compete during RISC assembly. Regardless of whether
the competitor siRNA was added during or after the
preincubation with sod Dcr-L, we observed strong and
comparable inhibition of both sense and antisense sod
target cleavage, consistent with the idea that a freshly
diced siRNA is released from Dcr before it can initiate
RISC assembly in Drosophila embryo lysate (Figures 4B
Synthetic siRNAs Are More Potent than Dicer-
Substrate dsRNAs in Drosophila Eggs
In mammalian cells, Dcr substrates (such as short hair-
pin RNAs or 27 nt duplexes) exhibit greater silencing po-
tency than 21 nt siRNAs [16–18], suggesting that Dcr
processing might facilitate entry into the RISC assembly
pathway. To test whether the same is true in the Dro-
sophila RNAi system, we injected 0–1 hr fertilized eggs
with siRNA or 36 bp Dcr-substrate dsRNA (with a 2 nt
30overhang) directed against bicoid (bcd) mRNA. The
36 bp dsRNA was designed such that Dicer would pro-
duce an siRNA identical to the synthetic bcd siRNA
when processing was initiated from the 30end of the
guide strand. We confirmed that this 36 bp dsRNA (like
the 36 bp sod dsRNAs used in Figure 2C) was a compe-
tent dsRNA processing substrate in vitro (data not
shown). At every concentration tested, the Dcr-
substrate dsRNA was approximately half as potent at
reducing bcd mRNA levels as the corresponding ‘‘pre-
diced’’ siRNA, as measured by RT-PCR analysis (Fig-
ures 4D and 4E). The reduced activity of Dcr-substrate
dsRNAs in vivo suggests that RISC assembly and Dicer
processing are not coupled in Drosophila eggs, contrary
to findings in mammalian cells [16–18].
Implications for siRNA Strand Selection during RNAi
In Drosophila, Dcr enzymes are required for RISC as-
sembly as well as dsRNA processing [8, 9], suggesting
that the two phases of RNAi might be functionally cou-
pled in a manner that affects siRNA strand selection [1,
14]. However, our experiments indicate that Drosophila
RISC assembly and siRNA strand selection are not sig-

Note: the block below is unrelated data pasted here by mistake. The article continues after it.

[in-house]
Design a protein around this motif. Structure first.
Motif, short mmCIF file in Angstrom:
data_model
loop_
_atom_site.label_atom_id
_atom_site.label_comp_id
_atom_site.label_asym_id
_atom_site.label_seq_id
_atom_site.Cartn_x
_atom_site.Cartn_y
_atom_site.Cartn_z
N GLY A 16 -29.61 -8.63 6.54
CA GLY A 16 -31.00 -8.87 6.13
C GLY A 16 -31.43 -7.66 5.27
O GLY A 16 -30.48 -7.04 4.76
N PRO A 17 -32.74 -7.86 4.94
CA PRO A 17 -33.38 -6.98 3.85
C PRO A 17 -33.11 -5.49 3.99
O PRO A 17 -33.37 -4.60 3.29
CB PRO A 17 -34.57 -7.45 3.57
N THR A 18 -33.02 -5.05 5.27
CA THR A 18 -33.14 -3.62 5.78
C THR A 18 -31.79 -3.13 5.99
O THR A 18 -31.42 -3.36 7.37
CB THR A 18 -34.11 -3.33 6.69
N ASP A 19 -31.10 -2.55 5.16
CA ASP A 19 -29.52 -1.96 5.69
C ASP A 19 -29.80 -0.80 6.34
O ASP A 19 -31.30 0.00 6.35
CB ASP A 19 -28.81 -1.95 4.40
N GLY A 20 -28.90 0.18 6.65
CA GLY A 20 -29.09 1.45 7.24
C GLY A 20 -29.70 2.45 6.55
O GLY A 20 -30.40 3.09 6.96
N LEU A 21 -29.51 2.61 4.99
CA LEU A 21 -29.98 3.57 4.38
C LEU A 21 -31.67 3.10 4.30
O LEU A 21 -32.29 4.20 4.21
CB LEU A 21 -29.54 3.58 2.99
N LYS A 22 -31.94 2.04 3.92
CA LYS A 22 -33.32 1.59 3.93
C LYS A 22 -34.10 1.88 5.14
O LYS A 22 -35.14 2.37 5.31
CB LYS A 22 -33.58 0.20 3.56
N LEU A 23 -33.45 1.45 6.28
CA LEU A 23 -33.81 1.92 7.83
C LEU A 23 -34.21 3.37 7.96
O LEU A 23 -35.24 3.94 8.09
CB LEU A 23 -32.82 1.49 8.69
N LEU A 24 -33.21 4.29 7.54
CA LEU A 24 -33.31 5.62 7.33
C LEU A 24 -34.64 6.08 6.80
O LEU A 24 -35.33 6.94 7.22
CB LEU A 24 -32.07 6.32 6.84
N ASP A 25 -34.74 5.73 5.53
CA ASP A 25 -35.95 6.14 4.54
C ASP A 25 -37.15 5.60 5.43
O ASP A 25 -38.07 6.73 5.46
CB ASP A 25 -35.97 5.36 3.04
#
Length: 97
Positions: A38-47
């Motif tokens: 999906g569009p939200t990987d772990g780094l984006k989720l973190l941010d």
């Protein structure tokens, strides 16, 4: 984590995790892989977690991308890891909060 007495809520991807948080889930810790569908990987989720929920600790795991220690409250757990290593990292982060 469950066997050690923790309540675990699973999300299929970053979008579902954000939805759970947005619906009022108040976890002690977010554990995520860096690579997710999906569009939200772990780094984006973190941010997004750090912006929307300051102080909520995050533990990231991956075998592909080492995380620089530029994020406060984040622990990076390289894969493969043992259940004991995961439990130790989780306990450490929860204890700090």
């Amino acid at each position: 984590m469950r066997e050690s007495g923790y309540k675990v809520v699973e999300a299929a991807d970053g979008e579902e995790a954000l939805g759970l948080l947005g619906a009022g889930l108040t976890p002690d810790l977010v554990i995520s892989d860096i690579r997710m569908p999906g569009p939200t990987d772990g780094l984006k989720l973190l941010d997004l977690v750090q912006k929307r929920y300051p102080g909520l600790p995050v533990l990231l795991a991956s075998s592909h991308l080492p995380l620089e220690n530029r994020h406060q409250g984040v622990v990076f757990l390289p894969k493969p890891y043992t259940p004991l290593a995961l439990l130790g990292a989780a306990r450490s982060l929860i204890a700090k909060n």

nificantly influenced by the dsRNA processing step
and that the thermodynamic asymmetry rules [5, 6] ap-
ply equally well with processed and unprocessed
siRNAs in this system. This suggests that Drosophila
Dcr enzymes do not channel newly generated siRNAs
directly into RISC, but rather release the siRNAs into so-
lution (or onto another factor) before they enter the RISC
Several observations have suggested that thermody-
namic asymmetry governs strand selection for pro-
cessed RNAi triggers. MicroRNAs (miRNAs) are diced
from stem-loop precursors, and in most instances only
one strand of the processed miRNA duplex is stably in-
corporated into RISC . The mature strand can be
present at either the 50or the 30end of the stem-loop,
but either way, the selected strand is generally compat-
ible with the thermodynamic asymmetry guidelines .
In addition, artificial dsRNAs introduced into plant cells
give rise to a stable set of siRNAs  that adhere to
the asymmetry rules . Similar results have been re-
ported with natural dsRNAs in plants . However, in-
terpretation of these results is difficult because the Dcr
processing polarities were not defined, and it is also
surrogate measure of RISC assembly. Furthermore,
plant cells (unlike insect and mammalian cells) export
Figure 2. Processing of Dcr-R and Dcr-L
dsRNAs in Drosophila Embryo Lysate
(A) The longer strand of each dsRNA precur-